"(M)y outlook implies that monetary policy is currently not accommodative enough," Kocherlakota said, forecasting unemployment, now at 7.7 percent, to fall only slowly to 7 percent by the end of 2014, and for inflation to continue to lag below the Fed's 2-percent target. "Monetary policy should be more accommodative."
    Category: MBS, FED, INDUSTRY
    Share:   
  • 4/2/13
    The Federal Reserve may be able to reduce its bond-buying stimulus plan before the end of this year if economic growth continues to pick up and employment improves further, a top central bank official said.

    Dennis Lockhart, president of the Atlanta Fed, said on Tuesday he expects the U.S. economy to expand a bit over 2 percent this year, though he does see some chance that the expansion could prove even stronger.

    At the same time, Lockhart flagged short-term budget cuts from Washington as a risk to near-term economic performance. He also noted that the U.S. labor market, while better, remains only a shadow of its pre-recession self.
    Category: MBS, FED, INDUSTRY
    Share:   
  • 4/2/13
    It continues to be a woefully sideways day for MBS. While this isn't a terrible thing, considering we're right in line with 1-month highs, it's not without its baggage. That baggage is currently being provided by the nearness of benchmark Treasuries to several relatively important technical levels

    Yields of roughly 1.87% have come into play several times in the past week as support (meaning that 10's have encountered ceiling bounces around 1.87). More quantitatively, the 100 day moving average is 1.866, right on top of current levels. 10's have bounced around here incessantly since noon and while there's no major significance implied by volume (which is only "OK" today vs non-existent yesterday), it makes for a bit of tension in the air.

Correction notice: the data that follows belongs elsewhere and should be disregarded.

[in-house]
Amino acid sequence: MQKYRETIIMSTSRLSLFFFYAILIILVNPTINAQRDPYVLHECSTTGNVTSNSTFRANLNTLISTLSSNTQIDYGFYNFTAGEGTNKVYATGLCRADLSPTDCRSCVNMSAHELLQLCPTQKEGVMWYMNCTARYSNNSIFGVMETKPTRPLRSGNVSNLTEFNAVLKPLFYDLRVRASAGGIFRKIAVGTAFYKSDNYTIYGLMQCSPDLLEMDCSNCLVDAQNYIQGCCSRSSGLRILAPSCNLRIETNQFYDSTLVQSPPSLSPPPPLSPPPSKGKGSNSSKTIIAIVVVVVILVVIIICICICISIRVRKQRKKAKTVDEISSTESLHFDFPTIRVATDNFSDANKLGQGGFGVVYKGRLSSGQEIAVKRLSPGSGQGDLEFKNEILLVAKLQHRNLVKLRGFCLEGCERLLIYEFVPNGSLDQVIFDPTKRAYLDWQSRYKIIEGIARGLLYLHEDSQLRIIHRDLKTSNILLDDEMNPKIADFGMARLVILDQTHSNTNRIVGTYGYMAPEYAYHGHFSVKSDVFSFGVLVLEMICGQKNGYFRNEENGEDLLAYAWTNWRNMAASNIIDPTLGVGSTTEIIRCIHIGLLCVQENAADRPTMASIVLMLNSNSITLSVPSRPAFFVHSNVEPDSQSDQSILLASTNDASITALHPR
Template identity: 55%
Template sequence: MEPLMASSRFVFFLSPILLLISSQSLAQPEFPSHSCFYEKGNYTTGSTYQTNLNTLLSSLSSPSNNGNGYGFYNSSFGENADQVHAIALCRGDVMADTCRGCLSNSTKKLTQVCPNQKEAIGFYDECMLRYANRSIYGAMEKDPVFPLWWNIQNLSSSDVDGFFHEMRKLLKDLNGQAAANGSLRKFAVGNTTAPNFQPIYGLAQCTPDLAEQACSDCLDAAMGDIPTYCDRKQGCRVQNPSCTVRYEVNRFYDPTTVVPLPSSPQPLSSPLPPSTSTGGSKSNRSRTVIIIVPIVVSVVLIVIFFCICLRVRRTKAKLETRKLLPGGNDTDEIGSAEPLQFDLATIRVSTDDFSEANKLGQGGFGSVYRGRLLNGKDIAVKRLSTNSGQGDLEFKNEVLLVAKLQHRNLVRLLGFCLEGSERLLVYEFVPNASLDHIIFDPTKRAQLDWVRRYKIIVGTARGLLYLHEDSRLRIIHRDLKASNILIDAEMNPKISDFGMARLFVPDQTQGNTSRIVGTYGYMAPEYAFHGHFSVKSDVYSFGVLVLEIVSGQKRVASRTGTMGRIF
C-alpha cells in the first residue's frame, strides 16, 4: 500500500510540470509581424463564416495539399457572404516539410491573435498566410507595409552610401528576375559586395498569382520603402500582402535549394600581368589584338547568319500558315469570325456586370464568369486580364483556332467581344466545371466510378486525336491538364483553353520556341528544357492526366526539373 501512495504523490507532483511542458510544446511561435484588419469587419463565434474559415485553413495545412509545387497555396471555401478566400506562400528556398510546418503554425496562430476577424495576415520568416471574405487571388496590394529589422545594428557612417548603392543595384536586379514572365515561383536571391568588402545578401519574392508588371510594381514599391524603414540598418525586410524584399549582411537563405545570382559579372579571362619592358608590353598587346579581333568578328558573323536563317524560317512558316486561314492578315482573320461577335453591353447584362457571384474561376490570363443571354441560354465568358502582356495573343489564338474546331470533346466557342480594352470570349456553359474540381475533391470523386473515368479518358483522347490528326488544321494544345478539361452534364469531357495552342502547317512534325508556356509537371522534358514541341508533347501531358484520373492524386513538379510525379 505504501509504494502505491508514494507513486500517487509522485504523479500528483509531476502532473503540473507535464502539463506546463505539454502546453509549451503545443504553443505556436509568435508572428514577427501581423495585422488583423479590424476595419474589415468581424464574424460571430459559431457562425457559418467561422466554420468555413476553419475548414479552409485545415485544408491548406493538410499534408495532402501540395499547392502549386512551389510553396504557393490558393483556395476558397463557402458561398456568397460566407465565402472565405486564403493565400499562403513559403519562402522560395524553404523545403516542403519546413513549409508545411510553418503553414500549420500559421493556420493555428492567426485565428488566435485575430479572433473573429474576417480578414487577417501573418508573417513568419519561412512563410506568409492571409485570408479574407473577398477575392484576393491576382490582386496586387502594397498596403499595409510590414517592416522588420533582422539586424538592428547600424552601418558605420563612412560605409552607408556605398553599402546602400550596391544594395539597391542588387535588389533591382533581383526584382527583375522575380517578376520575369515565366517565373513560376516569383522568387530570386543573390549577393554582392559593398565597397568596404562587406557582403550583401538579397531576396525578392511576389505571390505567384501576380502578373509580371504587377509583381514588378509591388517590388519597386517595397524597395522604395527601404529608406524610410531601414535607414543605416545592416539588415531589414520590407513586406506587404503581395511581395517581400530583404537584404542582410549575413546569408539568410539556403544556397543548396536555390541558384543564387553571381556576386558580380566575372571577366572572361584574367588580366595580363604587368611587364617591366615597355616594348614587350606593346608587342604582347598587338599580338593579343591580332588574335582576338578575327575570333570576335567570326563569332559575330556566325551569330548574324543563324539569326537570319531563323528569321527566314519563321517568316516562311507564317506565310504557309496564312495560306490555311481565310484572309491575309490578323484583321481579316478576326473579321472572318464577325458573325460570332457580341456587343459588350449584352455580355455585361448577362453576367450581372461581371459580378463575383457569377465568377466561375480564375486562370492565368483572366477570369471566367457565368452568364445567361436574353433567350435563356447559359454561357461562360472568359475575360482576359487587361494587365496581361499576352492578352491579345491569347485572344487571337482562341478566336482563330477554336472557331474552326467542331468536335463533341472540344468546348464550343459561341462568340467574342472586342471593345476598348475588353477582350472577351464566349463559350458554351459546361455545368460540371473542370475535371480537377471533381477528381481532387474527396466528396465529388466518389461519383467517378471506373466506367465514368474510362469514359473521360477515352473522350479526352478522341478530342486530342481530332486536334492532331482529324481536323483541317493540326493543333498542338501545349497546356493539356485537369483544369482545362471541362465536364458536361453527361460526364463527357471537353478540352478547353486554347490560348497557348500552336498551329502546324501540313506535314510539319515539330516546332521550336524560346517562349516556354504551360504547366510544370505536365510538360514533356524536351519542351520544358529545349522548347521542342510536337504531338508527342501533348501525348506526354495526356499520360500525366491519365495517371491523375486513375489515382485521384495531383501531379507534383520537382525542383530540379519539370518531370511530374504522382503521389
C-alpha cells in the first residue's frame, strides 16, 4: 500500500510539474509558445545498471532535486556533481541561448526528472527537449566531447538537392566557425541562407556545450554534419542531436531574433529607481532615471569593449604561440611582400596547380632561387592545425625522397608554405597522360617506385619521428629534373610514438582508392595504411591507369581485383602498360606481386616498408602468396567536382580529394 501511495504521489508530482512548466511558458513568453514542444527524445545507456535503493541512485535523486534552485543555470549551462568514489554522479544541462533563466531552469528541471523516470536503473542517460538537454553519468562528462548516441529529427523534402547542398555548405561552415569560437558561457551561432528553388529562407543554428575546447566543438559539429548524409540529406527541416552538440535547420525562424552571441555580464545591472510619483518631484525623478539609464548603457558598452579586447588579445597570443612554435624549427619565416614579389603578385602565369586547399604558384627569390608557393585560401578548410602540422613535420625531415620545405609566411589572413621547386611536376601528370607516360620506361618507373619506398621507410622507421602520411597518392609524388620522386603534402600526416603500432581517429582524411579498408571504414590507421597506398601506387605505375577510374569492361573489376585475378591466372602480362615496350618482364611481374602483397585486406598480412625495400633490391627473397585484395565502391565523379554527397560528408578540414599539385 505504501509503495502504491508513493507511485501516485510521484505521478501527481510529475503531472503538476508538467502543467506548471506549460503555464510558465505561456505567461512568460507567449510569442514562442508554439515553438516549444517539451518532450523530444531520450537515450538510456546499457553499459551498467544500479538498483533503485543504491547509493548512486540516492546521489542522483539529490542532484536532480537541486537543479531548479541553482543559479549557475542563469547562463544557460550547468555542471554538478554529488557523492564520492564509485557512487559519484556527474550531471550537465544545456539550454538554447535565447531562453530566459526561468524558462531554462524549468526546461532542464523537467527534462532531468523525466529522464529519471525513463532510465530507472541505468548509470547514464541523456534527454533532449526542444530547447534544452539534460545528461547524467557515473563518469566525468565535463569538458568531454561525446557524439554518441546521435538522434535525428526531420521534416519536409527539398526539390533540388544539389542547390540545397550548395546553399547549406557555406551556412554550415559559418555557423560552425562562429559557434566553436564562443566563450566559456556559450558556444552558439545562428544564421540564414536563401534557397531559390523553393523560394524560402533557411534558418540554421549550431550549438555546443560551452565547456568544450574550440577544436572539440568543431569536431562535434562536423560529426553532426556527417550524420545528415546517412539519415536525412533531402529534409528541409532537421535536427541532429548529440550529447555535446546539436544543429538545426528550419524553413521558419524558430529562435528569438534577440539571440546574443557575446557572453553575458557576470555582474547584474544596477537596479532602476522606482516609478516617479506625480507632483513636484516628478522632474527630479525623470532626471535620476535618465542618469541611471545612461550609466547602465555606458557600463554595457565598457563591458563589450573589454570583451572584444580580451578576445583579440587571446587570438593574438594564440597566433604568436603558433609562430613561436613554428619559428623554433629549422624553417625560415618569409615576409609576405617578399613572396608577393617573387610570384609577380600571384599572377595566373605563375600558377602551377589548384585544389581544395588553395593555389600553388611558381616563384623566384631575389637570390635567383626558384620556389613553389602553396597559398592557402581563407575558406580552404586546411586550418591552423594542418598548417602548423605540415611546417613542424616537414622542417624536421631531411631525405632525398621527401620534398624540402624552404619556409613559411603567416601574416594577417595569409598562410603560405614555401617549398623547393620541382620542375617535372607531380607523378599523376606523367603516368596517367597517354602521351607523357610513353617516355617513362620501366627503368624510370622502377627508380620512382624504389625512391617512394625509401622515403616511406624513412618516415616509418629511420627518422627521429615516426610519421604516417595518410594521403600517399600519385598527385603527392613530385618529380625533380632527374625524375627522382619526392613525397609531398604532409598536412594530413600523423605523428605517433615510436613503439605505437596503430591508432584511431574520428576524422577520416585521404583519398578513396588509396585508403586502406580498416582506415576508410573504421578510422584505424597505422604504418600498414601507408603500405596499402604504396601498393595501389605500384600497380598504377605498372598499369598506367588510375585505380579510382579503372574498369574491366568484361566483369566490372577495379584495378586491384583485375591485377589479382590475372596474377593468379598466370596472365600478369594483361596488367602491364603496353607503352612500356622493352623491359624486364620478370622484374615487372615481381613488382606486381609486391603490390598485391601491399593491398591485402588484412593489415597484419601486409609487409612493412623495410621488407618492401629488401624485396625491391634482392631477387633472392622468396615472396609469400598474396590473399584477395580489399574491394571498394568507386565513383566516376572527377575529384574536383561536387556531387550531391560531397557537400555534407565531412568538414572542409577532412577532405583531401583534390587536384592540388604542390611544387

If 10's broke higher today, they might not do so in a major way, but it would beg the question: is this just the beginning? With more and more data and volume returning to markets post-Holiday, we've had more weakness in bond markets. The skeptical take on bond markets could quickly become something like this: "we only got another test of those 1.83+ long-term technical barriers heading into and coming out of low-volume, global holiday breaks, and with the pick up in data and activity, if the data is bond-market negative, yet another bounce at 1.83+ will be firmly reinforced. This would reinforce a ceiling bounce for MBS around 103-10 as well."

    We're not saying that's what today's price action necessarily means, but simply pointing out the reason it makes us uneasy to be sideways at these levels. Tension is mounting for the rest of the week, which contains an ECB Announcement and Non-Farm Payrolls.
    Category: MBS, UPDATE
    Share:   
  • 4/2/13
    - Factory Orders +3.0 vs +2.9 Consensus
    - January revised from -2.0 to -1.0
    - Excluding Defense Sector +2.4 vs +1.0 in Jan
    - February Durable Goods revised to 5.6 from 5.7
    - Excluding Transportation +0.3 vs +2.0
    Market Reaction: stocks are slightly higher and bond markets weakened initially, but are now back at pre-data levels.